“Yeah, but I have to be honest, I really just wanted to dump Johnny.”
“But I love you,” I’d say, “and I want us to be together always.”
“I know you do, and I thought maybe I loved you too, but I guess I’m not the loving kind. We’re having a good time aren’t we; let’s just leave it at that okay?”
Maybe if I was a stronger man, not so much taken with her I would have reacted differently, would have told her to take off or something. Fact is she was in my system, a part of me I didn’t want to give up no matter how she felt. I wanted to hold onto her as long as I could hoping some day my feelings would be returned.
Today the county sheriff came asking about Raylene.
“She’s not here,” I said.
“I know,” he said, “she’s in some jail in Idaho.”
“What,” I said surprised, “what’s she in for?”
“Don’t know for sure,” he said, although I don’t think he was being honest with me right there. “All I know is she’s been wanted for some time now.”
“Well there’s nothing of hers here now,” I said.
“No mail or nothing? Mind if I come in and look around?” he asked trying to look over my shoulder.
“You got a warrant?”
“I can get one.”
“Well, you come back with a warrant and I’ll let you in,” I said.
“Look son,” the sheriff said taking off his hat and wiping is brow with his handkerchief, “your Raylene is in some trouble in Idaho. I’m just doing my job trying to track things down is all.” He tried his best to come up with a friendly smile.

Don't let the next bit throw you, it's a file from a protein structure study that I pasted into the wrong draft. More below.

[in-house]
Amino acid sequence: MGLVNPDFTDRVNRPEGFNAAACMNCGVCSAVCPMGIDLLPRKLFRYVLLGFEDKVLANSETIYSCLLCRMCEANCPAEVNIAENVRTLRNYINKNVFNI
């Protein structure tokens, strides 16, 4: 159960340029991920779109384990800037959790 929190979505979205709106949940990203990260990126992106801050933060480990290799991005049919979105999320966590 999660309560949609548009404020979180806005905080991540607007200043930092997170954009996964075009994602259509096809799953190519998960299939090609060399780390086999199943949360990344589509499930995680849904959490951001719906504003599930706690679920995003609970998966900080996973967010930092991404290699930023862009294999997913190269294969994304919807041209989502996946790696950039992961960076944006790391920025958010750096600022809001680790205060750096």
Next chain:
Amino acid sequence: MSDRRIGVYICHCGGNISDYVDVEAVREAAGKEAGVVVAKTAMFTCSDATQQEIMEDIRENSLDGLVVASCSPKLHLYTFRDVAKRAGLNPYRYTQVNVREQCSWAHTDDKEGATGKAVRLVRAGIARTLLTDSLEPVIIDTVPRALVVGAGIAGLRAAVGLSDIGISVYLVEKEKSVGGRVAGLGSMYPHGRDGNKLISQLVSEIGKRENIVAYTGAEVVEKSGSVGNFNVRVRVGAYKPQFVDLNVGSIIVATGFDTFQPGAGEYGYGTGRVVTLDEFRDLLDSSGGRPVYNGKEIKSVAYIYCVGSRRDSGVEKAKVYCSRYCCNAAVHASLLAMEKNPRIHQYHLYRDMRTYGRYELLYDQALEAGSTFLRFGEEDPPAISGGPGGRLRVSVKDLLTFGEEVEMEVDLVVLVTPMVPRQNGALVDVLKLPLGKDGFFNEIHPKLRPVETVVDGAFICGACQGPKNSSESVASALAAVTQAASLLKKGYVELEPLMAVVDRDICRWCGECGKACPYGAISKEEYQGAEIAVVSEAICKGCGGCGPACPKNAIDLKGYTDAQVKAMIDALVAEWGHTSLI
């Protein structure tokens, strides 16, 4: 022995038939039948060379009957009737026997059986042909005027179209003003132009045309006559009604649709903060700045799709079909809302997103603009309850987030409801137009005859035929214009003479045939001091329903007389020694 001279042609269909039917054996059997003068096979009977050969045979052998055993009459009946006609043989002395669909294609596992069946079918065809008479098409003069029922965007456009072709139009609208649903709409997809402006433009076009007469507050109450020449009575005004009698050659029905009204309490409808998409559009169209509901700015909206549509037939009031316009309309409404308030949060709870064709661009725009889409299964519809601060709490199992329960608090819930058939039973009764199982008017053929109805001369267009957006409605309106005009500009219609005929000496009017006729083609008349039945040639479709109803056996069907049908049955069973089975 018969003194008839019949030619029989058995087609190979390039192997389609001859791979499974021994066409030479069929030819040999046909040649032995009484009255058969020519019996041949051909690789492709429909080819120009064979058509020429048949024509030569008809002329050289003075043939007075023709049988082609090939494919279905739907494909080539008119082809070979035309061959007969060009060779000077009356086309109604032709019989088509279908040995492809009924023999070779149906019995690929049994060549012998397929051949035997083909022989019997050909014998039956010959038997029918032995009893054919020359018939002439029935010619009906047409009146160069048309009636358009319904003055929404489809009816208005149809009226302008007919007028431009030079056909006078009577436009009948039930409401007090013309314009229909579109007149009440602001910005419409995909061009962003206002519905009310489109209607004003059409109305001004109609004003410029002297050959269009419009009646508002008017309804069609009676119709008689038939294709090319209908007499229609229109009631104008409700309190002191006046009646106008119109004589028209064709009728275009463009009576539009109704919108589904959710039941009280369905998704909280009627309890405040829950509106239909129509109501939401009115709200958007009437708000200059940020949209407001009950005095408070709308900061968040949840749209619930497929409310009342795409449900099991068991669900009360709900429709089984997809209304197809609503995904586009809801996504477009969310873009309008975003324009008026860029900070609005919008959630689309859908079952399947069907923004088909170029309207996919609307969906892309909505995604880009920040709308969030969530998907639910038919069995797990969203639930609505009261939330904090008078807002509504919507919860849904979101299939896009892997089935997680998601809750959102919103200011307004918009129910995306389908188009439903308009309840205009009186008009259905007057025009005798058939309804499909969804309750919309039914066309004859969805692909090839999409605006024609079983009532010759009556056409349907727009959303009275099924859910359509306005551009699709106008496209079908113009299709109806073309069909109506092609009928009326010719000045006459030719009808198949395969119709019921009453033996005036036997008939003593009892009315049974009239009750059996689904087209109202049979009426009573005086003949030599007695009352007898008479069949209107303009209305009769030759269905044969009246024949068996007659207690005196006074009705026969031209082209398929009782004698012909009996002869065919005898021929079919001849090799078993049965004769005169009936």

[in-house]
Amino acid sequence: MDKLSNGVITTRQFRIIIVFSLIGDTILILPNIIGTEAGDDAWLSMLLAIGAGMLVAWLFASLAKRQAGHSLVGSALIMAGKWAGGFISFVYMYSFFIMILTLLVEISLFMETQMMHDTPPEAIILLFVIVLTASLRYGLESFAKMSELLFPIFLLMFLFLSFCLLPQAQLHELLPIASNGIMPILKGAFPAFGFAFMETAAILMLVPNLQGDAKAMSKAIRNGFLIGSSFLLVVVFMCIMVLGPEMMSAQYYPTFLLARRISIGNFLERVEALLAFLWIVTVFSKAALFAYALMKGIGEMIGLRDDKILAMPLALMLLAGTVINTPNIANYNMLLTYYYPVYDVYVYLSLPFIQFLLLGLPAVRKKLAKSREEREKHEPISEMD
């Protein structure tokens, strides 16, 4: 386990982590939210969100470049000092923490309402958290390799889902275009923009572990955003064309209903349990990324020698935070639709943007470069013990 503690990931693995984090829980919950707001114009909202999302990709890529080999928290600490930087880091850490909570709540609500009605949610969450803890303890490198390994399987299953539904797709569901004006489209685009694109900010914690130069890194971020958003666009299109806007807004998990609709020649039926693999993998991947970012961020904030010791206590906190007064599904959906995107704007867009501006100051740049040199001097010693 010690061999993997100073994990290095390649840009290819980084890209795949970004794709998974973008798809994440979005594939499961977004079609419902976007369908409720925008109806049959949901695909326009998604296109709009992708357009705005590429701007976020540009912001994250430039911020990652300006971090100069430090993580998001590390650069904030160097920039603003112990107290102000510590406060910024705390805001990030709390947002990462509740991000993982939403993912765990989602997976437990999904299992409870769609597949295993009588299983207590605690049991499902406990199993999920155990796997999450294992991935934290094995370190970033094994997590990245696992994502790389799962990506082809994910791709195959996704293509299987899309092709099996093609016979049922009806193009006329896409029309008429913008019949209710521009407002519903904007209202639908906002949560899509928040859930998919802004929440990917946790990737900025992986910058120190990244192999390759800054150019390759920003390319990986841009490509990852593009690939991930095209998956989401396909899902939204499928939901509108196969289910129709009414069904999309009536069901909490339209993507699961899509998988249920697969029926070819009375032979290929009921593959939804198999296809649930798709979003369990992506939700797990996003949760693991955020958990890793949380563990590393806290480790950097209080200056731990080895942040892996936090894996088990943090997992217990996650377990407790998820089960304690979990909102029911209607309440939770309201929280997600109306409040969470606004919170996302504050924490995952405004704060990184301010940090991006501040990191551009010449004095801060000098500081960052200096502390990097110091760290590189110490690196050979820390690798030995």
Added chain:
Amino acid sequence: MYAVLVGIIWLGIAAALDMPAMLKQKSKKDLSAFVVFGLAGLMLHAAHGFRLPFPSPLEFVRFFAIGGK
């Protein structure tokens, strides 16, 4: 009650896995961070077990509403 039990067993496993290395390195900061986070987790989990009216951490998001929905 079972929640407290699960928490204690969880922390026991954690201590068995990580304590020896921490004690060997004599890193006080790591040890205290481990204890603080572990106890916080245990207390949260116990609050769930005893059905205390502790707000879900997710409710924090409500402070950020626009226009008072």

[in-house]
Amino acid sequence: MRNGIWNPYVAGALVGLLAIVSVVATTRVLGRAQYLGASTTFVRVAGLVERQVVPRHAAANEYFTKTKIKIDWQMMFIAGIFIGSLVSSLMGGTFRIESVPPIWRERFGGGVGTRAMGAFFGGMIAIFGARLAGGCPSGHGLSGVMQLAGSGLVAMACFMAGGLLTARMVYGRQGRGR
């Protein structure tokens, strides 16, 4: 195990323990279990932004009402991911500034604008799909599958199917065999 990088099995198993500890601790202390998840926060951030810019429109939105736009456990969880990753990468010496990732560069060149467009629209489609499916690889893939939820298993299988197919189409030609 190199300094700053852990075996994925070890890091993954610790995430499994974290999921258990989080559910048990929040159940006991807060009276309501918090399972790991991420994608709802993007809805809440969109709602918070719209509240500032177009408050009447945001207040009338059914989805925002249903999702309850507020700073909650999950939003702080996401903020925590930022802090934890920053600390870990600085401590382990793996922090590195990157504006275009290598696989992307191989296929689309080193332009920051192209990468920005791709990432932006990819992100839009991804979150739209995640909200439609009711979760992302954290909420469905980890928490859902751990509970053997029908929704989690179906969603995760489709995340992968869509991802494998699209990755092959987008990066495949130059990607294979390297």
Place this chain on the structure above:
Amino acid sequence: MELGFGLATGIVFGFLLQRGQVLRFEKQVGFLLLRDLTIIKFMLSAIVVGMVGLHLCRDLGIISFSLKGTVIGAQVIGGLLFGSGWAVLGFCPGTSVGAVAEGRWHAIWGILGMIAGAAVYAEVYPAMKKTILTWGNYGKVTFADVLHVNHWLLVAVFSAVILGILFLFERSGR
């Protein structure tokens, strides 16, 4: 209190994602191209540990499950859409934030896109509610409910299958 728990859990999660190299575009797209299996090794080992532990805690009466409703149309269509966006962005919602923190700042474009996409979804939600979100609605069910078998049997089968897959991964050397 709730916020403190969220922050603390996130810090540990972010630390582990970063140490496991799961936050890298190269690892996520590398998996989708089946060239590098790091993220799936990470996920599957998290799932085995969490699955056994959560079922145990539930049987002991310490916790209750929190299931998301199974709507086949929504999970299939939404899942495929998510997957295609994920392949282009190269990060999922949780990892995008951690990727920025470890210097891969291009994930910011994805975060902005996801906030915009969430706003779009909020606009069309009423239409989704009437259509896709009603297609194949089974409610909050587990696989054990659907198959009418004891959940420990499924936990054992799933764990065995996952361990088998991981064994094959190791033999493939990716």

“Well, you ain’t getting in without a warrant,” I repeated not returning his smile.
Now I knew what that look in her eye was the last time I saw her, it was fear. I never saw that in her before, but she must have known they were closing in on her. I watched him drive away then went to the bedroom and started packing. I recalled Raylene talking about some guy who used to treat her ill, slap her around and such. I thought she mentioned Idaho, but couldn’t be sure. When I’d ask her if she was scared of this guy, if she was worried he’d track her down, she’d say she didn’t have to worry about him anymore.
Maybe they just caught up with her about some scam she was involved in out there, but I suspected much worse. It could be she did that guy in and that’s why she didn’t have to worry about him and now they wanted her to pay. I imagine she’s alone in that jail cell, not contacting me because she thinks I’m mad at her Deep down I guess I always knew we’d end up in goodbye. And really, that’s all she wrote in those fifteen pages. But I’m not ready for goodbye, she’d need me, and I meant to go help her.